Some examples:

Drive and Device Locking

If a backup job is assigned to a physical drive that is still being used by another job, the second job is held until the first job ends and the drive is freed. Note that pending jobs are not queued: if two jobs are waiting on a busy drive, either may run first. Similarly, a load device is locked for the duration of a load or unload operation. If a backup job is assigned to a drive pool, it doesn’t have to wait for a particular drive, but can use any drive in the pool that becomes free.

If you want to initiate backups from two backup3G master hosts, don’t share drives between them, as one master will not know when the other has locked a device.

Recovery, archive and backup jobs submitted from the backup3G master host are all handled by the backup3G locking scheme. However, if one of the jobs using the drive is not a backup3G job, this scheme will fail.

Drive Operations and Load Operations

Load class

The load operations for a drive are the set of commands that are used to load and unload media. Collectively they are known as a ‘Load class’. Drive operations are the set of commands that can be issued to manipulate a tape once it is loaded.

The standard drive operations are: display status; skip forward or backward N files; rewind; and unload. Not all operations are available on every drive type – for example some but not all drives can eject a tape under software control.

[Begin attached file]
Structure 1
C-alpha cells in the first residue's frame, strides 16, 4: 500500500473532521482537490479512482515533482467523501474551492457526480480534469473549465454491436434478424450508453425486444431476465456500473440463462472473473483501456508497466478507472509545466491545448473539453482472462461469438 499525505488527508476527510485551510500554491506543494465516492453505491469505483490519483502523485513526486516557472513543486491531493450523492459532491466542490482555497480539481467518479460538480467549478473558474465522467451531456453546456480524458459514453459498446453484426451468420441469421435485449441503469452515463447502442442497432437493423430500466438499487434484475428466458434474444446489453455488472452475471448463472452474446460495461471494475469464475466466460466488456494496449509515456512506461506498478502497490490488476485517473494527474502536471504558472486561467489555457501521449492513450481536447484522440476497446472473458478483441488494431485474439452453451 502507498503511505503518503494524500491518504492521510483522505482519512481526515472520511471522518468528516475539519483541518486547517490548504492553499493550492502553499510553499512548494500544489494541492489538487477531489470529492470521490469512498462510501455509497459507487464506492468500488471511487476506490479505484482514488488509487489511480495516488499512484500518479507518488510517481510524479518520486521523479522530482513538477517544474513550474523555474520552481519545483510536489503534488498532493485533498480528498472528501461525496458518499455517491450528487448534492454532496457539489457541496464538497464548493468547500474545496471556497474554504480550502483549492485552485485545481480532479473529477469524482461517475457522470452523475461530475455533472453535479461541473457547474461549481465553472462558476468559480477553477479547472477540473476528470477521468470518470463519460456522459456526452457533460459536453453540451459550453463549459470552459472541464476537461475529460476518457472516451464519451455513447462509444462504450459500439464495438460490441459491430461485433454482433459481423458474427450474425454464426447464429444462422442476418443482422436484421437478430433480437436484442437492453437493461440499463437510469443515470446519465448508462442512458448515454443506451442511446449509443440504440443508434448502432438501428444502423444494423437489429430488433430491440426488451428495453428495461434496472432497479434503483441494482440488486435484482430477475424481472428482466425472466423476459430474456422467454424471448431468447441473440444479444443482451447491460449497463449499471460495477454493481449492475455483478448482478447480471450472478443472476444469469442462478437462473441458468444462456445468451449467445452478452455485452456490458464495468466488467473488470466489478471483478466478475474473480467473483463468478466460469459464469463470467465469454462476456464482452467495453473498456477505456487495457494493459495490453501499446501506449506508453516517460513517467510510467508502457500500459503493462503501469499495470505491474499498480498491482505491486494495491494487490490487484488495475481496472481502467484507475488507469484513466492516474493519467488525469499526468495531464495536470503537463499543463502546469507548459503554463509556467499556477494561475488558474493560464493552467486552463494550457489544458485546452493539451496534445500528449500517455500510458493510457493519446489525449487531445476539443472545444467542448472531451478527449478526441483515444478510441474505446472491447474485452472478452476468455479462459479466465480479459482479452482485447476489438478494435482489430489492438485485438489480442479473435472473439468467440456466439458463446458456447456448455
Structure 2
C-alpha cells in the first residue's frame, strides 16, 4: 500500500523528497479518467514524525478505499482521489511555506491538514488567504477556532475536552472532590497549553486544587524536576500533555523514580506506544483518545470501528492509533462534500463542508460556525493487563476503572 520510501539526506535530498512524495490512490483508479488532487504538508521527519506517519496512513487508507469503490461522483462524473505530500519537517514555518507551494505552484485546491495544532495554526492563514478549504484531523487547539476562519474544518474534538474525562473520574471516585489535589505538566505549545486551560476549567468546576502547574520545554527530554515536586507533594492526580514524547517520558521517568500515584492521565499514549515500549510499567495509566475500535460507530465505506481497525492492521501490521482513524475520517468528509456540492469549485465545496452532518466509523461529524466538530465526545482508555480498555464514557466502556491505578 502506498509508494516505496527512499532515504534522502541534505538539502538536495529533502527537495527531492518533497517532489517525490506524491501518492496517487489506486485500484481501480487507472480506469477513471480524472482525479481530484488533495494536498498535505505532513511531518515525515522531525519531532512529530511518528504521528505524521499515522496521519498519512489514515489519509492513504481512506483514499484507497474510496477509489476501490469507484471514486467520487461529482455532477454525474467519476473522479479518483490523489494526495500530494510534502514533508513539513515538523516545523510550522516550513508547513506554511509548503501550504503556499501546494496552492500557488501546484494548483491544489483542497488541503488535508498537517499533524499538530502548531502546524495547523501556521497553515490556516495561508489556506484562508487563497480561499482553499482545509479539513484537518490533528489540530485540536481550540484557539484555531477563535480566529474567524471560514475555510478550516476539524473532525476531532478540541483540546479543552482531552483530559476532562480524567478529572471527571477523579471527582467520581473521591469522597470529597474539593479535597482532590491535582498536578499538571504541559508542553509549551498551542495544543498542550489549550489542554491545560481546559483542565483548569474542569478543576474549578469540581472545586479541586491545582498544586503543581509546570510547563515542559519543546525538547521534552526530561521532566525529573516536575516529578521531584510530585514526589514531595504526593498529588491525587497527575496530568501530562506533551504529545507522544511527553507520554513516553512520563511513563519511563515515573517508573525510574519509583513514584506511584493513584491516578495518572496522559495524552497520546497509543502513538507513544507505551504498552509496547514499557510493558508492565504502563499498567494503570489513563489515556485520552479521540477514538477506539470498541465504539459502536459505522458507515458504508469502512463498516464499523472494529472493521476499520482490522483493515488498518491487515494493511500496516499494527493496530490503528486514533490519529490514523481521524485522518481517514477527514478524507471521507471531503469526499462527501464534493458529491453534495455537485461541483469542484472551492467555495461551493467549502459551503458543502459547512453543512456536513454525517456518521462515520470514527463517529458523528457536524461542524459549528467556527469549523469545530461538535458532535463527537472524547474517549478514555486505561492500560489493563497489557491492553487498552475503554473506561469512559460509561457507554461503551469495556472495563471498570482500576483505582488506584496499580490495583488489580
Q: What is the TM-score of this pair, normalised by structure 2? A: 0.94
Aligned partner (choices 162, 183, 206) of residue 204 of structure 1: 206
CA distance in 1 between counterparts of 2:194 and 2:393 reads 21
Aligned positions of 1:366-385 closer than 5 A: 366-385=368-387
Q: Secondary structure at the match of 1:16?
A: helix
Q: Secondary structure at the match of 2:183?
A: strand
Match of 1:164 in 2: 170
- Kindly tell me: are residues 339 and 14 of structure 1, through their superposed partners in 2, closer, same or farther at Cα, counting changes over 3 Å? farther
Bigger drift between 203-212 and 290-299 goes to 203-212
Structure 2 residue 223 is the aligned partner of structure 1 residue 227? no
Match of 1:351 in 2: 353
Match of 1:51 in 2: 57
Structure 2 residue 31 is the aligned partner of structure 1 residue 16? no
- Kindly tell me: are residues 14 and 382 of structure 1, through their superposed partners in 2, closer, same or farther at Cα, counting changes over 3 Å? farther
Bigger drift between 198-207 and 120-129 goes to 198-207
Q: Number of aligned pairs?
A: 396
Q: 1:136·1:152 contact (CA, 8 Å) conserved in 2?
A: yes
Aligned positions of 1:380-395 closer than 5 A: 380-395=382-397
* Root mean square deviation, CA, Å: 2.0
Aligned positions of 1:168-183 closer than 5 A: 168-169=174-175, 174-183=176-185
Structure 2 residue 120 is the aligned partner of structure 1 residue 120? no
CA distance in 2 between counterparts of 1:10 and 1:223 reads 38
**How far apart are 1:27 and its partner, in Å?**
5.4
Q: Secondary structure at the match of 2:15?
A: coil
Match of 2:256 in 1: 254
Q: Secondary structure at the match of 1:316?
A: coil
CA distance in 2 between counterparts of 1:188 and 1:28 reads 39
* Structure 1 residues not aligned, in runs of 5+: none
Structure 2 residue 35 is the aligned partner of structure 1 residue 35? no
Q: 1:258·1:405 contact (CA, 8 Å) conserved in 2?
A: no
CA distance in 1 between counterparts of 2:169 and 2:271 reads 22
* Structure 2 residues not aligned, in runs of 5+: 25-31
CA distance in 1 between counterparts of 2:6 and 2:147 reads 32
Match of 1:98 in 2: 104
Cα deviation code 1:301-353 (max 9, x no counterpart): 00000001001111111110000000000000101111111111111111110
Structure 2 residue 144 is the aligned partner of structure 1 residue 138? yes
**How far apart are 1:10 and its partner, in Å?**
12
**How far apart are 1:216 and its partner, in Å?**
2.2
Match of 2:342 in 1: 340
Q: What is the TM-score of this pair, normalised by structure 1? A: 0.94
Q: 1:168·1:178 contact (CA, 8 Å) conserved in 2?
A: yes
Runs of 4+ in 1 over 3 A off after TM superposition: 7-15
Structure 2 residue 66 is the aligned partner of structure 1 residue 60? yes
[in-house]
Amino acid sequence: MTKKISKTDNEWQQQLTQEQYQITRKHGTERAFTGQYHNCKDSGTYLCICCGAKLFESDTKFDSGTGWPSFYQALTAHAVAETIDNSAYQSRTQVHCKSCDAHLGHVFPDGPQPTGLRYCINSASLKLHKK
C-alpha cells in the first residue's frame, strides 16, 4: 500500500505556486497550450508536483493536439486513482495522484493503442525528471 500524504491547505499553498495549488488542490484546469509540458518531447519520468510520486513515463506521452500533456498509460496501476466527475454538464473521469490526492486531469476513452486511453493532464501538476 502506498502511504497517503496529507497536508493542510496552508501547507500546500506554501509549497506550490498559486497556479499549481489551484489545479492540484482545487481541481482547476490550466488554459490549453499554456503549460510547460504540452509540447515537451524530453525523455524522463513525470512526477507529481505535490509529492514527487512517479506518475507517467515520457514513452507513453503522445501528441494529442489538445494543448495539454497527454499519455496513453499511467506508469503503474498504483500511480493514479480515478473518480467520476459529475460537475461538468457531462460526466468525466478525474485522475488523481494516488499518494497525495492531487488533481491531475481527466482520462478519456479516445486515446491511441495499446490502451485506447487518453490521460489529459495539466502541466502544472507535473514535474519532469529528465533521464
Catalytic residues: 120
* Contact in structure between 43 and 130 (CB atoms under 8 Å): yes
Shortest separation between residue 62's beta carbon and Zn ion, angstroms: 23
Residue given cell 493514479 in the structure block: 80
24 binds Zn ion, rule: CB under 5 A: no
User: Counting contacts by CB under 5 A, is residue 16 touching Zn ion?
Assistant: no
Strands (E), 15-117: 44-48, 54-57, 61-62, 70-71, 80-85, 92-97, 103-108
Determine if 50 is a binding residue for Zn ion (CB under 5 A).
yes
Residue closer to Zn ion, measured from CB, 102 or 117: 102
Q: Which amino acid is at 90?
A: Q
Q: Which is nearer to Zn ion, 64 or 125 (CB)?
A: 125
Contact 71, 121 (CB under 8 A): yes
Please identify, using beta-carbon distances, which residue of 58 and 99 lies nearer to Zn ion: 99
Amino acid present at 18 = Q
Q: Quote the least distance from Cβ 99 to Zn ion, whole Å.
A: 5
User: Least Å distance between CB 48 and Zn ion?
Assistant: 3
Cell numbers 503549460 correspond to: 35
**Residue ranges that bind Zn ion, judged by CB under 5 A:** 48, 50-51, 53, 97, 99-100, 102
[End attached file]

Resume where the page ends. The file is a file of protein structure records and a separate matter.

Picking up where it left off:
The standard load operations are: load, load next and unload. These can be defined for both manual- and auto-loading drives. Note that ‘load’ and ‘load next’ are mutually exclusive, so only one should be defined for a given load class.

‘Unload’ is valid as both a drive operation and a load operation, but it can have slightly different functions. The ‘unload’ drive operation would normally rewind the tape and take the drive off-line, and possibly eject the tape. For a jukebox the ‘unload’ operation would also return the tape to its slot. If you use UNIX unload commands to unload a volume loaded through backup3G, the information in backup3G’s tables should be updated; refer to How To Perform Tape Drive Operations on page 141 for further information.

New drives

When a new drive is added you specify the class of drive operations and load operations. Then, whenever the drive is used, backup3G issues the correct command to manipulate the volume. The advantage of this is that the underlying commands to load, unload and position media are encapsulated in the drive definition. This means that the person who defines or runs the backup job doesn’t have to learn or remember details specific to the hardware or operating system.

Scheduling Backup Jobs to a Stacker

For sites with stackers it is convenient to pre-load the autoloader with tapes, then schedule several automatic backup jobs to write to the drive in turn without user intervention. If one of the jobs is still running when the following job is due to start, backup3G simply waits for the first job to finish.